I find peak bagging to be an immensely fulfilling sport. A friend once commented that its uniqueness must be attributed to the fact that no two peaks are alike. While this is true, each peak is an adventure unto itself. Often finding your way along dusty back roads to get close enough to the peak so as not to waste a lot of time on the approach can be more challenging than the climb itself. Such is the case with the unranked peak before me now. Barely a blip on the otherwise level landscape with a rise of just 236’ feet.
However, getting even this close has been a test of patience and detailed GPS location maps. Three Peaks has “42 miles of OHV routes zigzag through Three Peaks’ 6,500 acres”. I feel like I have twisted and turned over most of them. From Cedar City, UT take Hwy-56 west, turning right at the “Y” or onto Iron Springs Road. Follow Iron Springs Road past Bowman’s Cowboy Kitchen, RV park and the Iron County waste and landfill. Shortly past the landfill turn right and follow the paved road toward the shooting range. The main peaks of Three Peaks are located on your right (east) and the road twists and turns following the contour of the mountainside. The pavement ends and a maintained gravel road continues. This is where you will need a GPS locator with enough detailed maps to get close. Four-wheel drive isn’t necessary for the route I took, but a higher than normal clearance vehicle probably is required as several sections of the route I followed was washed out in one track or the other. By and large, the trails are nice and well worn, smooth gravel, not quite sand covers the ground with only patches of rocky terrain. Twisting and turning (and often going in what appears to be the wrong direction) the series of trails eventually lead to the base of The Bald Hills - South.
Arriving at what appeared to be the closest point on the OHV trail to the summit point, I pulled my jeep off the trail and gathered my hiking pole and pack. The disturbed sagebrush smells wonderful in the still cool morning air, but it is warming up fast and I still have a couple more peaks I would like to get to this morning so I set off through the sagebrush and tall grass.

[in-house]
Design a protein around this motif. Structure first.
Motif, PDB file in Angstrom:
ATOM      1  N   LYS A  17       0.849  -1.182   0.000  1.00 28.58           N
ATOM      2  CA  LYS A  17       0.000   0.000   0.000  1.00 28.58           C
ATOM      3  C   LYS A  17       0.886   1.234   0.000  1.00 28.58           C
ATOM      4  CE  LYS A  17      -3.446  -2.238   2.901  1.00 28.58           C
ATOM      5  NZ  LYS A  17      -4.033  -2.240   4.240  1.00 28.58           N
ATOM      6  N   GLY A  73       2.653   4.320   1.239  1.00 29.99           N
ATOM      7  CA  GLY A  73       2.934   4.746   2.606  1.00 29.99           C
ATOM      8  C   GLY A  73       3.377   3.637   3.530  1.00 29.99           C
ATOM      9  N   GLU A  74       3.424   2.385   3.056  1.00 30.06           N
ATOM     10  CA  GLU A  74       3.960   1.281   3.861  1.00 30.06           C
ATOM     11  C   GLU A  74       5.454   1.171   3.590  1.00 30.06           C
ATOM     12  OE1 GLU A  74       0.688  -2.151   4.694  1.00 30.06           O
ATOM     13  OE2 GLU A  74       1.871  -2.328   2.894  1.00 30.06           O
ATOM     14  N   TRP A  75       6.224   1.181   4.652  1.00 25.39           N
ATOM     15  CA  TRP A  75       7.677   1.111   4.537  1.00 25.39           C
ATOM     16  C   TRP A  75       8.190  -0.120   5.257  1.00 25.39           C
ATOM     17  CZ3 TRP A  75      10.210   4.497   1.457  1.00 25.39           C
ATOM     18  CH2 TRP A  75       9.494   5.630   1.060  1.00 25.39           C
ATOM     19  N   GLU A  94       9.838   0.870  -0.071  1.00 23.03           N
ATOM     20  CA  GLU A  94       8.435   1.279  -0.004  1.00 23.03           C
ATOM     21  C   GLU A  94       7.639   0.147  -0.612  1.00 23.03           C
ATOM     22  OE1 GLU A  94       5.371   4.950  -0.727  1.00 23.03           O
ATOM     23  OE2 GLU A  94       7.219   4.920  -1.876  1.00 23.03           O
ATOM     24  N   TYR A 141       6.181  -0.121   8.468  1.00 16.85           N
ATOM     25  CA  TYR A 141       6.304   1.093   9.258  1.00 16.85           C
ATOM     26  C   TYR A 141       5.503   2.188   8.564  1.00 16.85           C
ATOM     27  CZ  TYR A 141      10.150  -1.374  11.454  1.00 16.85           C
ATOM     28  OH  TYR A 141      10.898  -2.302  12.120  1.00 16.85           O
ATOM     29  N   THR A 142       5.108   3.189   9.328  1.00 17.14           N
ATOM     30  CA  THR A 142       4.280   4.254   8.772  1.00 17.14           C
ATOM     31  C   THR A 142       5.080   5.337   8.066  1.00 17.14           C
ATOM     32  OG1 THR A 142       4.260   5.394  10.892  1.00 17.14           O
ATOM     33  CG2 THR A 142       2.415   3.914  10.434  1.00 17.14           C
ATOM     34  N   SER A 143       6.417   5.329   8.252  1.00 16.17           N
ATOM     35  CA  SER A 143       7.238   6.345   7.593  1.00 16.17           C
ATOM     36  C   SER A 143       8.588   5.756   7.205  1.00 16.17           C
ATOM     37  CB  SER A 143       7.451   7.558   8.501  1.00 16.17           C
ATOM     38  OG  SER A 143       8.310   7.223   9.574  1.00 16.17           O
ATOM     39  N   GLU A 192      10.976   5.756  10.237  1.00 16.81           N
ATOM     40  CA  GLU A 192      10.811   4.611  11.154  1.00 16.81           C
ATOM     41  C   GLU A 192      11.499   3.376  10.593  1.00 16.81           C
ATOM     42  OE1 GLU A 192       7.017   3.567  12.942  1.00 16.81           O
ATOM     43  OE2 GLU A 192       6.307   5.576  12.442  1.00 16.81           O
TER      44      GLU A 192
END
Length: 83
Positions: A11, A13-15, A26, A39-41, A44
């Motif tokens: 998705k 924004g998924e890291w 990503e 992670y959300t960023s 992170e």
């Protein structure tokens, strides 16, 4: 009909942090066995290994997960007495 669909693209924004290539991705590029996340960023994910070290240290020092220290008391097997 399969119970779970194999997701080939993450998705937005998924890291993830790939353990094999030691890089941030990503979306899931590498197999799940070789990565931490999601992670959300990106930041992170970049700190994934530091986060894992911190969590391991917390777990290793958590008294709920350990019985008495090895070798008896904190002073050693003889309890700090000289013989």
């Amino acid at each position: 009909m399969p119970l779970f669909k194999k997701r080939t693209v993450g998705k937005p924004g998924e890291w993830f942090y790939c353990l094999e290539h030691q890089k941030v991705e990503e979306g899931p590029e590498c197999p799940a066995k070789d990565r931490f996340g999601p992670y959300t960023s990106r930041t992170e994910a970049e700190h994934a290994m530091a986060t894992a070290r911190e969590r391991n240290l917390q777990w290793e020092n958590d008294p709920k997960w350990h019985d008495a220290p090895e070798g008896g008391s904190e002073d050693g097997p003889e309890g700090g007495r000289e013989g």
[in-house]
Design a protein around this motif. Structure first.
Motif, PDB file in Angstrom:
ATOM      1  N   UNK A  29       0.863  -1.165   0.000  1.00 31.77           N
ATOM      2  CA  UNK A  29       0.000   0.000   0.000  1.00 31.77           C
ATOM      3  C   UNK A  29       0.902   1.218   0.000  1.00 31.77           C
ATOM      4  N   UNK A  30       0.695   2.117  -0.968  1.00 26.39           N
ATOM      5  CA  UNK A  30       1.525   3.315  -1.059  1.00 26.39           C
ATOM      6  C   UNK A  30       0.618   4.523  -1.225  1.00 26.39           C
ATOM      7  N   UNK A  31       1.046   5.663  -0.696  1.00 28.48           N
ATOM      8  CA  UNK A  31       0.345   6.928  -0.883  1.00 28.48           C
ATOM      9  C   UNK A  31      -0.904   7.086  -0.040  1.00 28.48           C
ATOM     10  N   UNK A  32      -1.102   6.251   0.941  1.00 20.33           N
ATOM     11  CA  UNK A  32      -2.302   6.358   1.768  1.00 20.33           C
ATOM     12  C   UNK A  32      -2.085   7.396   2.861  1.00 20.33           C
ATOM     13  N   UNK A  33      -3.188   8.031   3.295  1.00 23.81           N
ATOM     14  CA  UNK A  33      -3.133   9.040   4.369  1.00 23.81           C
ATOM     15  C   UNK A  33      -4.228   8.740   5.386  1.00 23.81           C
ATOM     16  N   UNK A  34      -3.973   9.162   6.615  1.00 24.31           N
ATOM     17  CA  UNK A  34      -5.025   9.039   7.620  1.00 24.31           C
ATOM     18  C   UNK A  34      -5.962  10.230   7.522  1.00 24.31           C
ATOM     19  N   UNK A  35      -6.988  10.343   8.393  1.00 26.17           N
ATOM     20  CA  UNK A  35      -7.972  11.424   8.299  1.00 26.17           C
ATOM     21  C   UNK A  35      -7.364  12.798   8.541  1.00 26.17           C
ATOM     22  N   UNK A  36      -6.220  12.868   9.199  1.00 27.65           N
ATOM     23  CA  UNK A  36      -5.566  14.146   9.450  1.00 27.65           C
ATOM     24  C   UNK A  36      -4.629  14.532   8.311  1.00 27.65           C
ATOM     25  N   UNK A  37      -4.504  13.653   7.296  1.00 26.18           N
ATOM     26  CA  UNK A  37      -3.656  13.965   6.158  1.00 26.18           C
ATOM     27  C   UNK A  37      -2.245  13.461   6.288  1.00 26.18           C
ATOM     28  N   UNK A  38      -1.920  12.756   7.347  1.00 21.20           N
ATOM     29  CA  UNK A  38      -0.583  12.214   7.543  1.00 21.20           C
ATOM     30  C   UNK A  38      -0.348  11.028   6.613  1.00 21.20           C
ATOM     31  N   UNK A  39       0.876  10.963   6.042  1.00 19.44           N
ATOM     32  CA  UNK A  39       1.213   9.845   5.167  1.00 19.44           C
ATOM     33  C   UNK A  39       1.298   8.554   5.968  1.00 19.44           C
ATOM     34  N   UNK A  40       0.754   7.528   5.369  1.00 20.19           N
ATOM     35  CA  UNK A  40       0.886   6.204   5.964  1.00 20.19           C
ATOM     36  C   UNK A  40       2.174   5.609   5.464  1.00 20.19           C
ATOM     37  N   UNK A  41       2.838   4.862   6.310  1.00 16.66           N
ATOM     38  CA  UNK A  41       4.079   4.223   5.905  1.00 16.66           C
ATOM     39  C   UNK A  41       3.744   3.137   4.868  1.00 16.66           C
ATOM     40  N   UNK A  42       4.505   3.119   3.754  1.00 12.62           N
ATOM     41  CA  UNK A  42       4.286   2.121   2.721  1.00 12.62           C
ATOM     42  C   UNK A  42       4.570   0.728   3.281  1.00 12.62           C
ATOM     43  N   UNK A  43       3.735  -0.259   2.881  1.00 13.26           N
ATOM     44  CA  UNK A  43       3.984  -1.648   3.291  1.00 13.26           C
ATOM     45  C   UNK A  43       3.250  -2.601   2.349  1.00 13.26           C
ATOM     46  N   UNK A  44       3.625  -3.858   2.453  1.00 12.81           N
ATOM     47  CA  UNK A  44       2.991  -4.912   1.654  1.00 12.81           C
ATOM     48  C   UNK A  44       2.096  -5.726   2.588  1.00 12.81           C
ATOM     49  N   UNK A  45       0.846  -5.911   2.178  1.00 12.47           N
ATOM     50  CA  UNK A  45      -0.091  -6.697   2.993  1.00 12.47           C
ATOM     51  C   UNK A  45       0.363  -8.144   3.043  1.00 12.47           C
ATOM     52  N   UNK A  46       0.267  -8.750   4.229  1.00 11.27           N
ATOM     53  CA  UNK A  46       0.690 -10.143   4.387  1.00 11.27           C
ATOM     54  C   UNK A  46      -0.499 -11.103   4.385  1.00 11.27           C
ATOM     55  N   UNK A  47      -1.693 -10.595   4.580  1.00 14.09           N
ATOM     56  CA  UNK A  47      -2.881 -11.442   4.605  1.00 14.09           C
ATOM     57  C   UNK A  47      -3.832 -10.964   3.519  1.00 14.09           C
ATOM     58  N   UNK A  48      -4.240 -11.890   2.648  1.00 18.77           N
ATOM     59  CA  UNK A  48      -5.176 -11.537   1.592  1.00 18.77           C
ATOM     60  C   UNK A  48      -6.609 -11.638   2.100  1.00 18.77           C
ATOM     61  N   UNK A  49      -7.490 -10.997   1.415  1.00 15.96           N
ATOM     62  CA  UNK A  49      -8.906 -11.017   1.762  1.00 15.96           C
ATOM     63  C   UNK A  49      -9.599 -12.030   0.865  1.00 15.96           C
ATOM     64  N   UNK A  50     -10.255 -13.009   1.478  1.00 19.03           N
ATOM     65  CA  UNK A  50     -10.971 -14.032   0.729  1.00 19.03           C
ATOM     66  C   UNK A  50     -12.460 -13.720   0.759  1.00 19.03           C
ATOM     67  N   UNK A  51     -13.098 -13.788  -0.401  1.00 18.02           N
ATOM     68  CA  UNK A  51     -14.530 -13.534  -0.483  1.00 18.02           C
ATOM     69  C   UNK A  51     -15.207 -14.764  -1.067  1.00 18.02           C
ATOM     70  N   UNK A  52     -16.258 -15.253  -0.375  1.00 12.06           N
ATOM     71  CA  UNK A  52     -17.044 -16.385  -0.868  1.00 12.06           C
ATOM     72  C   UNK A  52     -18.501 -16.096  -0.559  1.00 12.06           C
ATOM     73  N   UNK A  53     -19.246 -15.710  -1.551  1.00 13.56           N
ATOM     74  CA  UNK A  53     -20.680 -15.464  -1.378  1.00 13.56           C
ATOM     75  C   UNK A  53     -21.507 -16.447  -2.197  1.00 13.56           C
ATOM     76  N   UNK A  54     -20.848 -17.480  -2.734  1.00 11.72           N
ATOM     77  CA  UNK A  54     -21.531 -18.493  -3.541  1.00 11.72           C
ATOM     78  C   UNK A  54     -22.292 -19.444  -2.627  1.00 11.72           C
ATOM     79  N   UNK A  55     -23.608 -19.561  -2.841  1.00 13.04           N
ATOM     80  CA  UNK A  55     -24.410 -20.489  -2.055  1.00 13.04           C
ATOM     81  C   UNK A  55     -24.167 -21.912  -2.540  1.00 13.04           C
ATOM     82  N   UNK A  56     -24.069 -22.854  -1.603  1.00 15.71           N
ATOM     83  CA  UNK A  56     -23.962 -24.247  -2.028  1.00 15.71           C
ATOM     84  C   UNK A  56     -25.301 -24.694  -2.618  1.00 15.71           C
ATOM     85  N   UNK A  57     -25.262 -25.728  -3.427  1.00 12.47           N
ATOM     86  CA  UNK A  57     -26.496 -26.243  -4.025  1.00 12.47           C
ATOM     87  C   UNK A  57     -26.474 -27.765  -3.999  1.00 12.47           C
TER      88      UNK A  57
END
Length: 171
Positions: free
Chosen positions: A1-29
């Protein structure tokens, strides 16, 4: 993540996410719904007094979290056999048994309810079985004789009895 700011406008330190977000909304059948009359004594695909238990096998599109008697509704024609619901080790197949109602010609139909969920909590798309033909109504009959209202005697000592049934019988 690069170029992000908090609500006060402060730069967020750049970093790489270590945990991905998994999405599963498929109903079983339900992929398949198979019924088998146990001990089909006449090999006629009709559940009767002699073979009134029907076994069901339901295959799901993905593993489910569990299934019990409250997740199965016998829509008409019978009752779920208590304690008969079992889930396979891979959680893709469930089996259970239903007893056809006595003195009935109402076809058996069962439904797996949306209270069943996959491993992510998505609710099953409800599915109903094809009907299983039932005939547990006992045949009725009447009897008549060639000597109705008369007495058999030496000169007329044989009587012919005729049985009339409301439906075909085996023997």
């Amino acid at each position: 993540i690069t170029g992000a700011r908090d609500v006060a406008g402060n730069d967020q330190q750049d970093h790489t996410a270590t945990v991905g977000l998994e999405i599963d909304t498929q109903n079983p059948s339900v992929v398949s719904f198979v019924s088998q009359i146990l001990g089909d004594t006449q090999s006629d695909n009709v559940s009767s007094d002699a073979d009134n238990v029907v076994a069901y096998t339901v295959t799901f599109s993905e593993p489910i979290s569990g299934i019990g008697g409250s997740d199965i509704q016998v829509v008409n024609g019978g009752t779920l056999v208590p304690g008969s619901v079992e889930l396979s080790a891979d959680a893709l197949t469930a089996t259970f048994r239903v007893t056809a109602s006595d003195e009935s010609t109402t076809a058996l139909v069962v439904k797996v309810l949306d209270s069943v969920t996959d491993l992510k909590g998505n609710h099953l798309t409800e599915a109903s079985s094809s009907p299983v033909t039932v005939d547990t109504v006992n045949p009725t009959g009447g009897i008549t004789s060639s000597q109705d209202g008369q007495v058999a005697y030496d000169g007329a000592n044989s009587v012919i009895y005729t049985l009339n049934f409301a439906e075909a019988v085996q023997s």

The walk is a gentle rise, with spots of lava rock plates devoid of any vegetation. I prefer to walk along the less vegetative routes as this is rattlesnake country and spotting a snake in the high grass can be difficult. I haven’t seen any this morning, but I keep an eye out and monitor the high points of the lava rock plates in case one is sunning itself after the cool evening. I soon arrive at the location provided by my GPS.
Many sites provide summit coordinates and I use several sites to pull my data from, but most are not exact. I wander around the high ridgeline trying to locate the exact coordinates on my GPS then wander south to a high rocky outcropping and note it indeed has a higher elevation reading on my GPS. I’m not a purist when it comes to these things, one of the sites I follow notes that “you must stand or touch the highpoint” to count the summit as being reached. On a ridgeline like this one, being near the “general” coordinates is going to have to suffice.
I take a moment to appreciate the raw beauty of the area. I probably won’t be back along this way. This is the eighth and final peak listed in The Three Peaks - UT quadrangle and with 177/213 remaining peaks to climb in Iron County alone, I’ll be moving along.